Brett Goertemoeller

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Re: New York 2' Operation
« Reply #5 on: December 09, 2011, 05:32:03 PM »
#2968 came out of the Davenpot Factory as US Army #5245 (Davenport #1700) and was deliverd finished (not just a chasis as home have believed) to the Army in May 1919.  After it's army use it shows at Columbus Ohio suprplus depot in march of 1921....and from there to Byron Hiatt of Martensdale Iowa.  It was highly modified by Byron, to include modifying the chassis and frame to accept a boiler with a biger firebox.  From Byron it is listed as being sold (or transfered who knows with these army records) to the private railroad of George Long in Monroe, Washington.  From there....who knows...but we have discussed that is currently in the possetion of Railstar?  No one seems to know for sure.  
  The other "Byron" locomotive #2967 was also a Davenport, US Army #5240 (Davenport #1695) was also delivered finished in May 1919.  Same line of transfer as #2968.  As of 1990 shows as being Chassis only, but there again.....who knows. 

Brett
« Last Edit: December 09, 2011, 05:41:13 PM by Brett Goertemoeller »
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JoAnne Kennedy

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Re: New York 2' Operation
« Reply #6 on: January 19, 2014, 04:01:15 AM »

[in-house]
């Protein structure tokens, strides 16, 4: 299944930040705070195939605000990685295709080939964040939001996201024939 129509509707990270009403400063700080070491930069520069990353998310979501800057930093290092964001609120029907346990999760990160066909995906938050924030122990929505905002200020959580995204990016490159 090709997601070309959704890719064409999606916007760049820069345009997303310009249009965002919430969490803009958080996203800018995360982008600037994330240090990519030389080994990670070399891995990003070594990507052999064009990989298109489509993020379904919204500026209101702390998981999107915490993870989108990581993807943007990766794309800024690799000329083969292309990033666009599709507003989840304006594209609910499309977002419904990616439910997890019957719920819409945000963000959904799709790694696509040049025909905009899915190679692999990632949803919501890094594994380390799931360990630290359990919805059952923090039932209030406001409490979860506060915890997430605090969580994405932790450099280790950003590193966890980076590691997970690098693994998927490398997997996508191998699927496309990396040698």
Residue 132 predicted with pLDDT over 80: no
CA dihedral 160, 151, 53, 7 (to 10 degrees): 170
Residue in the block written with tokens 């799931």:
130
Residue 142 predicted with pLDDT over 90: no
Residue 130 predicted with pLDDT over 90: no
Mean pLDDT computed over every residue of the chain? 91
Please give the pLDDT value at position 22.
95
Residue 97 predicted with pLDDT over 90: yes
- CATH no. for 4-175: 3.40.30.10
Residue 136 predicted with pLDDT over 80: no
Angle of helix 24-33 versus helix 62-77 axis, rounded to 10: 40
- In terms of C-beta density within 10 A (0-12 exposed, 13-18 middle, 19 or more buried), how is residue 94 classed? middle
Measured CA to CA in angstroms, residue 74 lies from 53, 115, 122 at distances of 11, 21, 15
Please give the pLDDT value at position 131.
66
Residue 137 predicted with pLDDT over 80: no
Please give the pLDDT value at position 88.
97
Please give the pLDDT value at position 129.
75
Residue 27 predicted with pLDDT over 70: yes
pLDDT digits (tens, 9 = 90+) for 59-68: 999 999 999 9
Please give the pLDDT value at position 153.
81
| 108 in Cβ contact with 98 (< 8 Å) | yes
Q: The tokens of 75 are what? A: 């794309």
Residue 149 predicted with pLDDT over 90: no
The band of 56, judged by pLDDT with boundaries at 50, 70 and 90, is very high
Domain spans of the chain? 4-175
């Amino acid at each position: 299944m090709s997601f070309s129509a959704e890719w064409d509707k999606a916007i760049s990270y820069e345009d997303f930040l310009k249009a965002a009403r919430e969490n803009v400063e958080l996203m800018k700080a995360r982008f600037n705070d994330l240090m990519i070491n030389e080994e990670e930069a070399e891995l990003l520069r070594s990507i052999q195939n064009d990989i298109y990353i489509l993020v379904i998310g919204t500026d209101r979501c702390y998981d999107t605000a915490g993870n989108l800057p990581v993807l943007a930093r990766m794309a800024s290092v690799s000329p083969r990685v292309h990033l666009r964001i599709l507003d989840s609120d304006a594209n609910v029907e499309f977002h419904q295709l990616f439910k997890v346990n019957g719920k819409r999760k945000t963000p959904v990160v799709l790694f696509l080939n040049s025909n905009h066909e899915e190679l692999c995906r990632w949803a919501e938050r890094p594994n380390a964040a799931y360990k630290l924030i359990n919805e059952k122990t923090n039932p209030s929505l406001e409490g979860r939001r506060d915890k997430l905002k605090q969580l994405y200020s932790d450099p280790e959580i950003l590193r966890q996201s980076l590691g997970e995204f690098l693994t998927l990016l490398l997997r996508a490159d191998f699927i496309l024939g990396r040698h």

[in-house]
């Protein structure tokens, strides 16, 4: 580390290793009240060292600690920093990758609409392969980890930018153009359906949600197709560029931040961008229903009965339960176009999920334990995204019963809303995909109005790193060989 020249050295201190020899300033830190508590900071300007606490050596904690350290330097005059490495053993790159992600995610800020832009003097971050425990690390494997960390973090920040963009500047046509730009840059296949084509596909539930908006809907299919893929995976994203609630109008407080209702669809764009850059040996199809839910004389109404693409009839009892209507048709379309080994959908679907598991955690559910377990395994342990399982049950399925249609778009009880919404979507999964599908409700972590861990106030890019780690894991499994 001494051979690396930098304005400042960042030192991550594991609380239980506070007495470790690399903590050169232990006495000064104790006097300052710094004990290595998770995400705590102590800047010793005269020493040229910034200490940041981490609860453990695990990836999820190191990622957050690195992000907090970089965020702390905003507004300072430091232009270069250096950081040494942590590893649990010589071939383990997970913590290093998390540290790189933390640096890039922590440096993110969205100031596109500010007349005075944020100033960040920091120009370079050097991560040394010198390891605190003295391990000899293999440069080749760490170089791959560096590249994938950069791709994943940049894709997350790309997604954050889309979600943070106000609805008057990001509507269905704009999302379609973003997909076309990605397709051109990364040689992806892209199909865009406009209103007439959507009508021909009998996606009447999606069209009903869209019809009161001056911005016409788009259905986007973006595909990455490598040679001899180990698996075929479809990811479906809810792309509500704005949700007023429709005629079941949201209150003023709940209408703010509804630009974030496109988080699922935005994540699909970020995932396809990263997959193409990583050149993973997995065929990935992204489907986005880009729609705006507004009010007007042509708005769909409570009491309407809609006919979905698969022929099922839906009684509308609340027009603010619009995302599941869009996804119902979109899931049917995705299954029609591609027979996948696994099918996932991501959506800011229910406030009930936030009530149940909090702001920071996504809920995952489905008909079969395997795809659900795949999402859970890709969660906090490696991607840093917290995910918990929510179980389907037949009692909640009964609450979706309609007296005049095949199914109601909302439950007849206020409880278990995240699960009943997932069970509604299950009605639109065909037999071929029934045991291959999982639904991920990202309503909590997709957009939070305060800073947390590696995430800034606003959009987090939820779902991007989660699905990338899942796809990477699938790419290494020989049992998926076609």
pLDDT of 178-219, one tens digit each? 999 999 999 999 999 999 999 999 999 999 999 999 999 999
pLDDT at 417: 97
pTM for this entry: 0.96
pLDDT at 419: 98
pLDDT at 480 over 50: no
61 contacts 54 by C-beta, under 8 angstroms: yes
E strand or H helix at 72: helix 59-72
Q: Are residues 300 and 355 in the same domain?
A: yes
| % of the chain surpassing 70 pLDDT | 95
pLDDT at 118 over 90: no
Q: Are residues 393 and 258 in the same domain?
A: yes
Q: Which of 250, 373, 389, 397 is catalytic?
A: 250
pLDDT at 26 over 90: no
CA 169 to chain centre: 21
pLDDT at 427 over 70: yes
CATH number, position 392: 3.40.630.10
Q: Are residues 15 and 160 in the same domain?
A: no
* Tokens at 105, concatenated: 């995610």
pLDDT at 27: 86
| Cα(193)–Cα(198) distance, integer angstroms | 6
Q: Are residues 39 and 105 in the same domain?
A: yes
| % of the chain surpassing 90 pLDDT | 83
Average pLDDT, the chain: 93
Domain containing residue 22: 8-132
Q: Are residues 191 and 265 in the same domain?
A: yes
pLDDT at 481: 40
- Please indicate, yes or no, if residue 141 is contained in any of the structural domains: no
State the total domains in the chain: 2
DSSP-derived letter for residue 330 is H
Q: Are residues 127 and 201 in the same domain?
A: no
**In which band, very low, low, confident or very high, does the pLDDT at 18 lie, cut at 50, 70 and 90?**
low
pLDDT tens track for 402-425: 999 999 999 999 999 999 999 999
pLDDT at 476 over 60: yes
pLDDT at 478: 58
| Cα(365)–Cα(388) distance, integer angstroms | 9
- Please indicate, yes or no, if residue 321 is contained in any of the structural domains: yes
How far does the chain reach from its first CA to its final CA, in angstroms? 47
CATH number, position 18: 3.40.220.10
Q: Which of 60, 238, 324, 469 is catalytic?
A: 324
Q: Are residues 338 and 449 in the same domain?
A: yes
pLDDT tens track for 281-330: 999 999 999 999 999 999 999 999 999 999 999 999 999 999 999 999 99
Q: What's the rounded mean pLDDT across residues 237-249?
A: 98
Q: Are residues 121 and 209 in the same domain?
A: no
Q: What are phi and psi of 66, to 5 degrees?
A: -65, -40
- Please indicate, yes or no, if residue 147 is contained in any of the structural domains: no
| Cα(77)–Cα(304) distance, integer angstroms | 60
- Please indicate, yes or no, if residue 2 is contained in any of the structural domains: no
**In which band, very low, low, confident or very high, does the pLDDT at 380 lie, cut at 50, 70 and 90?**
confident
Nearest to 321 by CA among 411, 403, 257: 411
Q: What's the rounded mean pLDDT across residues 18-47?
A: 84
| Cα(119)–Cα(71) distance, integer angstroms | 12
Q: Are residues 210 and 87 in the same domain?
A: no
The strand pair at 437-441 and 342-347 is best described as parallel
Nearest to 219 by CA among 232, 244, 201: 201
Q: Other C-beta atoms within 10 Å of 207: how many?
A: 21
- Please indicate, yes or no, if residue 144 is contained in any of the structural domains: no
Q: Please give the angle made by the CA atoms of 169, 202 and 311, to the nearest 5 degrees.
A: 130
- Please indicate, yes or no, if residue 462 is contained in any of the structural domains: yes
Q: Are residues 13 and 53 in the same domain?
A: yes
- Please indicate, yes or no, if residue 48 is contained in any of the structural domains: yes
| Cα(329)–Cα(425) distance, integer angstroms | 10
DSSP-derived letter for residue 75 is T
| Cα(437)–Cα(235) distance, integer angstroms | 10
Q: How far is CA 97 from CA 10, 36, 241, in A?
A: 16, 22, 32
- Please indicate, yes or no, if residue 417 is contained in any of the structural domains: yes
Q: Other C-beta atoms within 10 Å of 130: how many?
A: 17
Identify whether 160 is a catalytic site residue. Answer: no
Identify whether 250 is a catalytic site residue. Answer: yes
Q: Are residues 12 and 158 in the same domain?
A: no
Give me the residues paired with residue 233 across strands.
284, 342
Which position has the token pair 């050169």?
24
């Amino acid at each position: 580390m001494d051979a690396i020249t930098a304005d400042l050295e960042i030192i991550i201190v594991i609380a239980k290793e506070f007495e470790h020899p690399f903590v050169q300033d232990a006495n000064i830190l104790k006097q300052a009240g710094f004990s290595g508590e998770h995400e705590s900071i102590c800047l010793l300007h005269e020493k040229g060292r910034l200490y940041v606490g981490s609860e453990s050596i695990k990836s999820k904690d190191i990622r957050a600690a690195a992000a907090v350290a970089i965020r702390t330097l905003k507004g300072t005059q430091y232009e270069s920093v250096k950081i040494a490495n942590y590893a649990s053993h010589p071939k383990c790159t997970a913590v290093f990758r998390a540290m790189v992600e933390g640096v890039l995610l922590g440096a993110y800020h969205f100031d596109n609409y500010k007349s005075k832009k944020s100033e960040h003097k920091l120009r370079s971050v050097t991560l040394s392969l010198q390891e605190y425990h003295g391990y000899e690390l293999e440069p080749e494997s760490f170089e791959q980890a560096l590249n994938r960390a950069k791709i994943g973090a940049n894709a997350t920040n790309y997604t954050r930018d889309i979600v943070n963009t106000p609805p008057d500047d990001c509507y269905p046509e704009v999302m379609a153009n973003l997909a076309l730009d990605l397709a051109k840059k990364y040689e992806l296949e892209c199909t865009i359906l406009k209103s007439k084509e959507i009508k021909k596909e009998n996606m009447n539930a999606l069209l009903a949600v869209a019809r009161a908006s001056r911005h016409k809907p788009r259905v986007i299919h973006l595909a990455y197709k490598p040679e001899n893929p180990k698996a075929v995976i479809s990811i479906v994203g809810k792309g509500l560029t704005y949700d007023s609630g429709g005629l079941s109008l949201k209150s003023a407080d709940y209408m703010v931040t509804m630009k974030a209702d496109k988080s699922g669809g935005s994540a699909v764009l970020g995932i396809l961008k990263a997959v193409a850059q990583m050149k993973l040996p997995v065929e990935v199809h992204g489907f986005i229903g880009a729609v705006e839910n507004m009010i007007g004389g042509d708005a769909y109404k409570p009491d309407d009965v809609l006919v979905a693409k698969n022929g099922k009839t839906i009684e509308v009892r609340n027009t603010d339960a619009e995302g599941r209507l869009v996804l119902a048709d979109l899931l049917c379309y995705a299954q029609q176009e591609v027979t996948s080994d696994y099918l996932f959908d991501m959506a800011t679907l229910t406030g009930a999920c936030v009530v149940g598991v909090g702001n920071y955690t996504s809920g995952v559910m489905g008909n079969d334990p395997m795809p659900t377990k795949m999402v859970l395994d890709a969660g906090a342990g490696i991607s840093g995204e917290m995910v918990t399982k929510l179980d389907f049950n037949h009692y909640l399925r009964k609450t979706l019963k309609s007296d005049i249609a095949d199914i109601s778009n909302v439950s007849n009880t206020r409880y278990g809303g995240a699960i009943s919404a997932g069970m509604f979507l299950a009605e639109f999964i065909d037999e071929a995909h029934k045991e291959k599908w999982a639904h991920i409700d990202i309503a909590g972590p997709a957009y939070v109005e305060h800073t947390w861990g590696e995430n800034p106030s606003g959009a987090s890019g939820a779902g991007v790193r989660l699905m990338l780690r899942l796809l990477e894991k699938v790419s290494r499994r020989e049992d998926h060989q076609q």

Could anyone indicate what the "shortcomings" of this locomotive were?  I had a cab ride in her 30+ years ago when she was new and at that time it seemed to be running OK.  I guess it takes a while for these things to show up.

Bernie

I was going by last week and since it was unusually warm I stopped in and found a couple guys working on a diesel.  I didn't want to interfere with what was going on so I bought lunch and discussed the Rome &Ft Bull 2-6-2 at Pizza Hut.  
I got the following information:
The Rome & Ft Bull locomotive was built by Ed Nolan as an 0-6-0 and completed in 1973.  It was his 3rd, largest and last locomotive.  The previous locomotives were 12 and 16" gauge.  The only part reused on the Rome & Ft Bull locomotive was the smokestack.
The boiler was built by Cyclotherm and was too large and too heavy for the running gear.  Too much of the weight was far back making the locomotive very light on the front end and prone to derailment.  Lead and trailing trucks were added in an attempt to correct the problems.  But the lacked dentering devices and were not equalized with the drivers.  The valve gear was too light and prone to bending and slipping.  The biggest problem came with the lubrication system. Someone used old crankcase oil in the lubricator, the left valve siezed and bent the eccentric rod and spun the eccentric crank on the axle.  After that the machine was towed in and set out on a side track near the station.  Eventually the locomotive was removed and although it is still in existance it is no longer on the property.  
« Last Edit: January 19, 2014, 04:07:41 AM by JoAnne Kennedy »